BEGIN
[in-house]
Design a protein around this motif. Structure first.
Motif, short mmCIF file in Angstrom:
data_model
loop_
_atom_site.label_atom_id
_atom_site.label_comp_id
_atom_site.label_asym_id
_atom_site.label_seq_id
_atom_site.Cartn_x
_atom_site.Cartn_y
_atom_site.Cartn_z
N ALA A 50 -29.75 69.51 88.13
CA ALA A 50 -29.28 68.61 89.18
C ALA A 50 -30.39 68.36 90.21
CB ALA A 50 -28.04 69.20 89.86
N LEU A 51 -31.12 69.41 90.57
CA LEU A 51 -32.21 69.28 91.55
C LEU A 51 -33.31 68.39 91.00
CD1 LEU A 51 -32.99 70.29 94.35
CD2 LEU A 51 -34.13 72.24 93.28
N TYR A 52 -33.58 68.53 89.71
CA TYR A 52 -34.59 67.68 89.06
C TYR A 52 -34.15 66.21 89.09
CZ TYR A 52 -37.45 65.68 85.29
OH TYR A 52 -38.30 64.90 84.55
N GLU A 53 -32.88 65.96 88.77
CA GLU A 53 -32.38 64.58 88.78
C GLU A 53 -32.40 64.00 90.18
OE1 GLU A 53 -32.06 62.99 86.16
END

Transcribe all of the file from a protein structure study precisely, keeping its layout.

[in-house]
Design a protein around this motif. Structure first.
Motif, short mmCIF file in Angstrom:
data_model
loop_
_atom_site.label_atom_id
_atom_site.label_comp_id
_atom_site.label_asym_id
_atom_site.label_seq_id
_atom_site.Cartn_x
_atom_site.Cartn_y
_atom_site.Cartn_z
N ALA A 50 -29.75 69.51 88.13
CA ALA A 50 -29.28 68.61 89.18
C ALA A 50 -30.39 68.36 90.21
CB ALA A 50 -28.04 69.20 89.86
N LEU A 51 -31.12 69.41 90.57
CA LEU A 51 -32.21 69.28 91.55
C LEU A 51 -33.31 68.39 91.00
CD1 LEU A 51 -32.99 70.29 94.35
CD2 LEU A 51 -34.13 72.24 93.28
N TYR A 52 -33.58 68.53 89.71
CA TYR A 52 -34.59 67.68 89.06
C TYR A 52 -34.15 66.21 89.09
CZ TYR A 52 -37.45 65.68 85.29
OH TYR A 52 -38.30 64.90 84.55
N GLU A 53 -32.88 65.96 88.77
CA GLU A 53 -32.38 64.58 88.78
C GLU A 53 -32.40 64.00 90.18
OE1 GLU A 53 -32.06 62.99 86.16